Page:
One of the most interesting conclusions of the conference was a point that has been given little thought until now. The GDPR will, if enacted, constitute the most comprehensive enhancement of individual digital rights and reform of digital customer protection law that the UK has seen so far. However, its enactment in the UK may frustrate the application of the controversial Investigatory Powers Act.
As a European regulation in the age of Brexit, one might question whether the GDPR will be enacted in the UK at all. The answer is that it is very likely, for two reasons: The first is simply a matter of timing – GDPR will come into force across Member States on 25 May 2018, well before the projected Brexit date of summer 2019. The second is a consumer protection issue – companies from outside the EU that are handling EU citizen’s personal data must conform to the standards outlined in Article 75, or risk sanctions (either 20m EUR, or up to 4% of global turnover). These standards are very similar to those to which EU companies will have to adhere to anyway. The clearest path for the Government in avoiding such an outcome for British companies is to adopt the GDPR.
In seeking to grow the digital economy, the Government will surely want to avoid policy choices that prioritise ‘data nationalism’ by refusing to comply with the increasingly international data privacy standards and trust standards that underpin the functioning of the digital economy. Therefore, in a time of economic uncertainty where one of the few growing sectors nationally is the digital economy, it is highly unlikely the UK government will reject implementing GDPR in the first instance. However, this also means that UK citizens would, for the meantime at least, have the same digital rights as EU citizens. It is this that will conflict with the Investigatory Powers Act.
In its capacity as consumer protection law, the GDPR will endow citizens with new digital rights and requirements, such as the right to erasure (‘to be forgotten’), and the need for companies to gain clear and affirmed consent to use their personal data. While the UK did not implement article 2 of the Data Protection Directive (previous EU legislation on this topic), the GDPR states in article 7 that consent must be freely given. Organisations are not allowed to use personal data for a purpose secondary to that for which this consent was given without notifying the data subject, who may choose to then withdraw this consent.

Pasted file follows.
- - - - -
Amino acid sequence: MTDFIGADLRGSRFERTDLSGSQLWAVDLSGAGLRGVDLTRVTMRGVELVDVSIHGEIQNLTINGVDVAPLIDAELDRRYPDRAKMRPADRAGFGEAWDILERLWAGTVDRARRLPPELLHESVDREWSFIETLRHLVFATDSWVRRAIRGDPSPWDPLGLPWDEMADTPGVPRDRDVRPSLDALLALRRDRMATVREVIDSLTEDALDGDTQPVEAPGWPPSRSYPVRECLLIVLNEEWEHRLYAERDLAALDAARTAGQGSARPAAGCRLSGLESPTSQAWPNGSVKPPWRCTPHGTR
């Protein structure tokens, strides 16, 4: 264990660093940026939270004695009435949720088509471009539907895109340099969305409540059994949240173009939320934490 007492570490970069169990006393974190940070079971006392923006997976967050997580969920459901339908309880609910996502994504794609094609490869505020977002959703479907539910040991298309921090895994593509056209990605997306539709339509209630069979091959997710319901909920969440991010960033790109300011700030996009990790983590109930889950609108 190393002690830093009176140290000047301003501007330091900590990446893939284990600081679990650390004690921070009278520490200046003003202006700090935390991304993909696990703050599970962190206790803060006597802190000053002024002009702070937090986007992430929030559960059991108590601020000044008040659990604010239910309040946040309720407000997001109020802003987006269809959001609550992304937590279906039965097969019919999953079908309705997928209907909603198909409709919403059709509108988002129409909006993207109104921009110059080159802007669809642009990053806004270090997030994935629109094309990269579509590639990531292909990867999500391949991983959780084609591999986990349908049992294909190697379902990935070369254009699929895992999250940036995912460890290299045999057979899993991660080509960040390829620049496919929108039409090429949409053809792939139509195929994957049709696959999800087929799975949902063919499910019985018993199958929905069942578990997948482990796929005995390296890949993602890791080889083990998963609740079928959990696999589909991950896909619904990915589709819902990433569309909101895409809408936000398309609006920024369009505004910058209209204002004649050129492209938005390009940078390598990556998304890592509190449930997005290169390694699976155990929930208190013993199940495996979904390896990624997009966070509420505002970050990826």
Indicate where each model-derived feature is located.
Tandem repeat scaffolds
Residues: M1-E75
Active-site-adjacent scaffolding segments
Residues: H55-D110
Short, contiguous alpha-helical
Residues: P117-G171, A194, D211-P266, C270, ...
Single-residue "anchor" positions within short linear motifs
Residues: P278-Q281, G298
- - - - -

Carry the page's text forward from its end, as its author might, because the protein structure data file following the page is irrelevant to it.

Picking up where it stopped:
This will directly conflict with some of the new powers conferred on the state by the Investigatory Powers Act. For example, a data retention notice can be served on a telecommunications provider which orders them to generate or obtain and retain communications data from users. Any company that does not inform citizens of this will be breaking a law, and if they do, who would consent to it? This throws pre-existing monitoring arrangements under scrutiny as well as those in the new Investigatory Powers Act.
There is a list of exemptions for the proper processing of personal data in GDPR, in Article 2 paragraph 2. This includes investigating criminal offences. But the Investigatory Powers Act does not apply exclusively to criminal acts. Additionally, a large part of its controversy has been with its lumping together and treating the online communications of terrorists and paedophiles with those whose crimes are far less severe. There is a serious lack of clarity over which law would take precedent.
Enacting the GDPR to its fullest extent would therefore place the Government in a legislative conflict of interest. No doubt GDPR may be opposed by Brexiteers, and the ‘Snoopers Charter’ by civil liberties groups; the two may even overlap. The conflict between the Investigatory Powers Act and the GDPR might not result in a complete binary ‘either or’ decision. However, the government will have to decide on its priorities: emphasizing the GDPR and thus prioritizing the growth of the British digital economy, or emphasizing the Investigatory Powers Act and therefore increasing the level of surveillance in the UK in the name of national security.
This post gives the views of the author and does not represent the position of the LSE Media Policy Project blog, nor of the London School of Economics and Political Science.